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April 2020

The Pirates Of Smuggler's Cove: An Assassin's Creed Mystery

Assassin's Creed Odyssey

Thanks to the pandemic lockdown, I've had lots of extra free time to dump into a video game I've wanted to come back to playing for months, Assassin's Creed OdysseyACO is set during the era of Ancient Greece and sees the protagonist, Kassandra, wandering the Greek world doing all of the usual Assassin's Creed kinds of things.  This time around there is an evil Cult of Kosmos whose members are all hidden away across the land and their identities kept secret.  Over the course of the ninety hours I've spent so far in the game, I've managed to uncover most all of the cult members and eliminate them.  As the cult eradication sidequest starts to wrap up, I'm left to hunt cultists that aren't explicitly set in my path by the main story.  These last cultists are covertly hanging around Greece and I must uncover clues that will uncover their true identities so I can go finish them off.  Clues are acquired by slaying other cultists or, as I'm dealing with now, finding stray letters and memos hidden in unexpected places. 

I only need one more clue to uncover a specific villain and slay his portion of the cultist org chart, and the game helpfully tells me to search Smuggler's Cove in Achaia for the clue.  This should be easy enough.  For some reason, I expect pirates to be there.  I've been to enough places in Achaia that I've uncovered most all locations, but I don't remember seeing a Smuggler's Cove on the map.  That it's a cove is a giveaway that it's somewhere on a coastline, so I have Kassandra climb aboard her trusty fire horse of the damned (that's a long story) and I start riding my way around the Achaia coastline waiting to see which of the little inlets on the map is Smuggler's Cove.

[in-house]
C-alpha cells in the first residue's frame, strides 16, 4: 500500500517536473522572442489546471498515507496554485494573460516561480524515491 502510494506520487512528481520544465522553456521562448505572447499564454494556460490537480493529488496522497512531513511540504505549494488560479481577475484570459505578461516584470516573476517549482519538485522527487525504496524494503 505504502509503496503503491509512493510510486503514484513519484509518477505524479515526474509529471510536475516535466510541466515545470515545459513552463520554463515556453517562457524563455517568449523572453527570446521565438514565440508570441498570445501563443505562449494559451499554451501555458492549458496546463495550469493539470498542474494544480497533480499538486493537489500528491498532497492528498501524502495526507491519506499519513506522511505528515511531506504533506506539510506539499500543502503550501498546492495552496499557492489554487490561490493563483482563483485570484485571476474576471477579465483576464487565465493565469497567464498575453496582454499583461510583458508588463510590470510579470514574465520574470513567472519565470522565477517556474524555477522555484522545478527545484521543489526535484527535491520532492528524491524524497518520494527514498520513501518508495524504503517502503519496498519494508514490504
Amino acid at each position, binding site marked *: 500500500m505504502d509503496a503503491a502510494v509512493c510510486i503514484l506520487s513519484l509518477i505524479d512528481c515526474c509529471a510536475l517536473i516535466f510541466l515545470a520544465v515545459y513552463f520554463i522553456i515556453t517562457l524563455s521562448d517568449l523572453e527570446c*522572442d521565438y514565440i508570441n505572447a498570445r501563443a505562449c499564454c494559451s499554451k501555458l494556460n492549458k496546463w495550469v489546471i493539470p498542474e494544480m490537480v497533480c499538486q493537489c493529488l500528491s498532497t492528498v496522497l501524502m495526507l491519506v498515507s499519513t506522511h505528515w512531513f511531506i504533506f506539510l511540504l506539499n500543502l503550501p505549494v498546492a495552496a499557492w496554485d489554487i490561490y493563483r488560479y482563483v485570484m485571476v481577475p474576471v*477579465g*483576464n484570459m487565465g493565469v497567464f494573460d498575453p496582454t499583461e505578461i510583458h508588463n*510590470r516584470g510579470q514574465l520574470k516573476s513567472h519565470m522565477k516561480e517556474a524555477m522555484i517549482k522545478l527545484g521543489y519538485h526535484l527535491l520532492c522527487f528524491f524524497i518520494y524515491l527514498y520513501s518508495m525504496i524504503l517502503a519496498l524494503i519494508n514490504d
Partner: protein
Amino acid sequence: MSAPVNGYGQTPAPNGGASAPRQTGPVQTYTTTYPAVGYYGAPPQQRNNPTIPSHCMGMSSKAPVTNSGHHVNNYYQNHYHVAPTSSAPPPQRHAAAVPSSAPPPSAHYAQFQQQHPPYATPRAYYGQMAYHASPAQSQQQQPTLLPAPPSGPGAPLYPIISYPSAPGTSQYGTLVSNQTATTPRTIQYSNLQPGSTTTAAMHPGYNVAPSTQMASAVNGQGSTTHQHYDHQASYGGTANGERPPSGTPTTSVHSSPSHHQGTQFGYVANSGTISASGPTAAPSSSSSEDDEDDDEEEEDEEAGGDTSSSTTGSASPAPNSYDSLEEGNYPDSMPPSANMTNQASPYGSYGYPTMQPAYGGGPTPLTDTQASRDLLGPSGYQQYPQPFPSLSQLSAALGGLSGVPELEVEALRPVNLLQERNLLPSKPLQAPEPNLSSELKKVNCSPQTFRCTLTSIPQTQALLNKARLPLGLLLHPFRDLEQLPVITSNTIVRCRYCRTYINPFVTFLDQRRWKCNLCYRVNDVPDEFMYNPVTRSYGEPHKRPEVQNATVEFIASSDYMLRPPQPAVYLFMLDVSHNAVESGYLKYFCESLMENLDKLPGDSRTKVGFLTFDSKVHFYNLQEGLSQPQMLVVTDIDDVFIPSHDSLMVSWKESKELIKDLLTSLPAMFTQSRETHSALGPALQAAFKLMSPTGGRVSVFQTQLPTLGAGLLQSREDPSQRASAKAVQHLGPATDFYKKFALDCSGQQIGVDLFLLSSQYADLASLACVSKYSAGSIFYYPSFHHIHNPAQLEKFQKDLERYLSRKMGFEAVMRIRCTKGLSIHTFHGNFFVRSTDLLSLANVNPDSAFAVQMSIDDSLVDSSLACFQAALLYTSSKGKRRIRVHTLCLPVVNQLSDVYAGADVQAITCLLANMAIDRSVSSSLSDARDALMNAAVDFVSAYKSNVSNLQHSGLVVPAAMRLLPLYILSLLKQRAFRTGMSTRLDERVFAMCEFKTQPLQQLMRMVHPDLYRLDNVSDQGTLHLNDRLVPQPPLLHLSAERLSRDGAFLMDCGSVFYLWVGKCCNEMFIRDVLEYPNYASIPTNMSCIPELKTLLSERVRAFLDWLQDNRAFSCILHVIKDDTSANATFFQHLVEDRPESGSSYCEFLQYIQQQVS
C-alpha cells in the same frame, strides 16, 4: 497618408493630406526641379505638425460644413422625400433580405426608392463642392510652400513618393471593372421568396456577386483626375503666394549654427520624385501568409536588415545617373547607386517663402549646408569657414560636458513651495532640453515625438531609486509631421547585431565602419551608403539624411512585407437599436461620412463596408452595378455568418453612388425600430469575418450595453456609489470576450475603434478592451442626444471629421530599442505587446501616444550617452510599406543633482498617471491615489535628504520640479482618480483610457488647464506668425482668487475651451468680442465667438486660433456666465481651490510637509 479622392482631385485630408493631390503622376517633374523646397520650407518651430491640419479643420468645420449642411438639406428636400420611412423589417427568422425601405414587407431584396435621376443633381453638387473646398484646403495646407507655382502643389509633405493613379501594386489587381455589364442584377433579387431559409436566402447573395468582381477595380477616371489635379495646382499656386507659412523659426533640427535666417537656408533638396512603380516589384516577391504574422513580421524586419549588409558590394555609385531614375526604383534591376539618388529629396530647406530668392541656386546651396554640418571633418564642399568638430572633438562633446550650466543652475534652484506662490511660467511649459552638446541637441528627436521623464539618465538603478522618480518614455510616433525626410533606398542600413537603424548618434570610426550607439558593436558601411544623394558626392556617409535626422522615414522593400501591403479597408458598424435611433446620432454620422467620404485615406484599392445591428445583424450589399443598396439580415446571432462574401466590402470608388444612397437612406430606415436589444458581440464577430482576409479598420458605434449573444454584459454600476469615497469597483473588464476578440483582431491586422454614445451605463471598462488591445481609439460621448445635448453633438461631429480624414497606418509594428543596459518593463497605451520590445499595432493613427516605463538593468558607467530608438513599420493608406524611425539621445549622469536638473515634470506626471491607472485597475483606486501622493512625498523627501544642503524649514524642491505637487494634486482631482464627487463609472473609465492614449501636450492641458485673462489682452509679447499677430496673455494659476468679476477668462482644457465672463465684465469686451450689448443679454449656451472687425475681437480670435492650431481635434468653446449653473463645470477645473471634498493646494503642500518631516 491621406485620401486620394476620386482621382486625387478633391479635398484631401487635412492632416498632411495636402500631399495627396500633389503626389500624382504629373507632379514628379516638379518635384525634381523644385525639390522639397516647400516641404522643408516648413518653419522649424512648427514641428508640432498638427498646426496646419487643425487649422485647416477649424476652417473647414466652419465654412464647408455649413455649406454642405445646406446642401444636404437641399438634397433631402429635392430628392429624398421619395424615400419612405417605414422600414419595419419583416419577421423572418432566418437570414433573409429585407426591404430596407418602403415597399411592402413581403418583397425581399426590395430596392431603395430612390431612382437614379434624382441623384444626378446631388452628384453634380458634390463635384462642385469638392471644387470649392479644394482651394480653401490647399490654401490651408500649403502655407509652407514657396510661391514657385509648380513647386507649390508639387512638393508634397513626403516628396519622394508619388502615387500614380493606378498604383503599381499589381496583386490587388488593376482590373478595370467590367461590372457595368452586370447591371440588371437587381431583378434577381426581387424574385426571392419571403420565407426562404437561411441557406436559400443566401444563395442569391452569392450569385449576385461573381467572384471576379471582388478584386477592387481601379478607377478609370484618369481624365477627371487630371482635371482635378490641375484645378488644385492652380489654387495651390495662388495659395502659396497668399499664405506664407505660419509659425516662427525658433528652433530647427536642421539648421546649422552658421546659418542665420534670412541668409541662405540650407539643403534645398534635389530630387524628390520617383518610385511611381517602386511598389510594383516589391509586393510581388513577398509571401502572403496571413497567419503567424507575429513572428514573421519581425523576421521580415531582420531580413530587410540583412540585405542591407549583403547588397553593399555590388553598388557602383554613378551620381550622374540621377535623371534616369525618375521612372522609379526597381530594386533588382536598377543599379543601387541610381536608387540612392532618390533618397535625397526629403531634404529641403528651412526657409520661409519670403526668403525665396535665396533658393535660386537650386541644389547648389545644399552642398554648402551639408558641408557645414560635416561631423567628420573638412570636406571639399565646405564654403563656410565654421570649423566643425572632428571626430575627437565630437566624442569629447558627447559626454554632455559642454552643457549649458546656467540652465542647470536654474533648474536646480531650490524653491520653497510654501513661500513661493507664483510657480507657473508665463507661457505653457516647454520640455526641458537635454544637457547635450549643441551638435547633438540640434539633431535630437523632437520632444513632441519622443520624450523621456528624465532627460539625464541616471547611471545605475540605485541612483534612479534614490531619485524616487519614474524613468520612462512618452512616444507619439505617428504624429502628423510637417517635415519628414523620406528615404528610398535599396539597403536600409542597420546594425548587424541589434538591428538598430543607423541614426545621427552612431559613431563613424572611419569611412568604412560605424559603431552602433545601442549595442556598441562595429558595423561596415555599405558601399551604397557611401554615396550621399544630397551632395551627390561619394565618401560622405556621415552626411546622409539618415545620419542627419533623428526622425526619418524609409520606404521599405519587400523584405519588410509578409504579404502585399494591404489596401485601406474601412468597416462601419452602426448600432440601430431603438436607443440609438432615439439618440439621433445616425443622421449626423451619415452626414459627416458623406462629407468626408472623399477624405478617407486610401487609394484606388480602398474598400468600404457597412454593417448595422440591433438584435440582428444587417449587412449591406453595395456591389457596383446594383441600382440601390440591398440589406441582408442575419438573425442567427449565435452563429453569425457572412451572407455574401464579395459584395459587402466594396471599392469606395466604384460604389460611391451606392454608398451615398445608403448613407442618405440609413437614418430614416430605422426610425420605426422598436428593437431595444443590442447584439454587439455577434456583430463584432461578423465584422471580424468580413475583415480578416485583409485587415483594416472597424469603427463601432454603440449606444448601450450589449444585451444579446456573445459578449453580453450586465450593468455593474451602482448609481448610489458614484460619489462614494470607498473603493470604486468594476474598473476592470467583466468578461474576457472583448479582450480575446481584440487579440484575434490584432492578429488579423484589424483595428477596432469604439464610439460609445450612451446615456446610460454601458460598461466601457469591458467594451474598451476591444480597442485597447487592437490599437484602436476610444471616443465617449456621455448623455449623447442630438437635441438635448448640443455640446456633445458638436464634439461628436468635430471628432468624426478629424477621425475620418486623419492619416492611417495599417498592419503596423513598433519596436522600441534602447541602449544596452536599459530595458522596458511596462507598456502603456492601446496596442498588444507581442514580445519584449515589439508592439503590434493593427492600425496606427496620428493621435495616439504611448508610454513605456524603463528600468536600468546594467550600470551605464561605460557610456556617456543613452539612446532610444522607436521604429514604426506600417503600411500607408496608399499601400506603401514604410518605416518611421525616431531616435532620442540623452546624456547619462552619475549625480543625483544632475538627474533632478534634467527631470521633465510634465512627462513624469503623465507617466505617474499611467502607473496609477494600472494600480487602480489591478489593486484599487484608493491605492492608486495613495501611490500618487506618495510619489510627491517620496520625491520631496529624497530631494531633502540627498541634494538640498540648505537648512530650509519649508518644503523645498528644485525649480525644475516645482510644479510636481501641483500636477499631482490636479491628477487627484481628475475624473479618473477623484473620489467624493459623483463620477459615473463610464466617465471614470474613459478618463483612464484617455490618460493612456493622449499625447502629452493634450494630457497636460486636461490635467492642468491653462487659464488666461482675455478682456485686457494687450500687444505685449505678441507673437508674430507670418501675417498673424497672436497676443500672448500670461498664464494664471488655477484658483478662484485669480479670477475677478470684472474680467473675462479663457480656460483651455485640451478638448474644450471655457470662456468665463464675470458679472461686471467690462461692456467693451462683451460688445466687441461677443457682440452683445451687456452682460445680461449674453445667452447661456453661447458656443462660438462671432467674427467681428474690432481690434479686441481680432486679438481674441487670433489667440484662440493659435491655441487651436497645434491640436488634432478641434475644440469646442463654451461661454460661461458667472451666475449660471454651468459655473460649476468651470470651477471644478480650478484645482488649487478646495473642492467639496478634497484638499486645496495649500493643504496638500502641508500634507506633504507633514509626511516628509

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Train Your Amiibo Right With Figure Fight


Now you too can learn the secrets of the great amiibo fighting champions of the world and become a renowned figurine coach as you train your plastic buddies for ultimate domination in Super Smash Bros. Ultimate!  Or, at least, you'll learn what makes an amiibo fighter tick and discover the most efficient ways to turn them into little smashers.  Yes, I'm talking about John Harris's new book Figure Fight which is currently available as part of the latest Story Bundle.  You'll learn what amiibo are doing when they're training to fight and what happens to them when they go on a journey across the Internet to battle against other amiibo.  How do they learn?  Can you influence that learning?  How can you smooth over any bad habits they pick up along the way?  There's plenty to explore and learn here.

Buried in Super Smash Bros. Ultimate is a curious little subgame where you can take AIs housed in amiibo toys and bring them forth to great and violent life within its fighting game universe, with you put in the role of their trainer. What's more, you can take these uppity little trinkets online and pit them against the belligerent knickknacks of other players. The author has been obsessed with this bizarre yet entertaining mode for months. Smash Ultimate's amiibo support still holds many mysteries, but here he reveals to you what strategy and secrets he could suss out of this thoroughly ridiculous mode.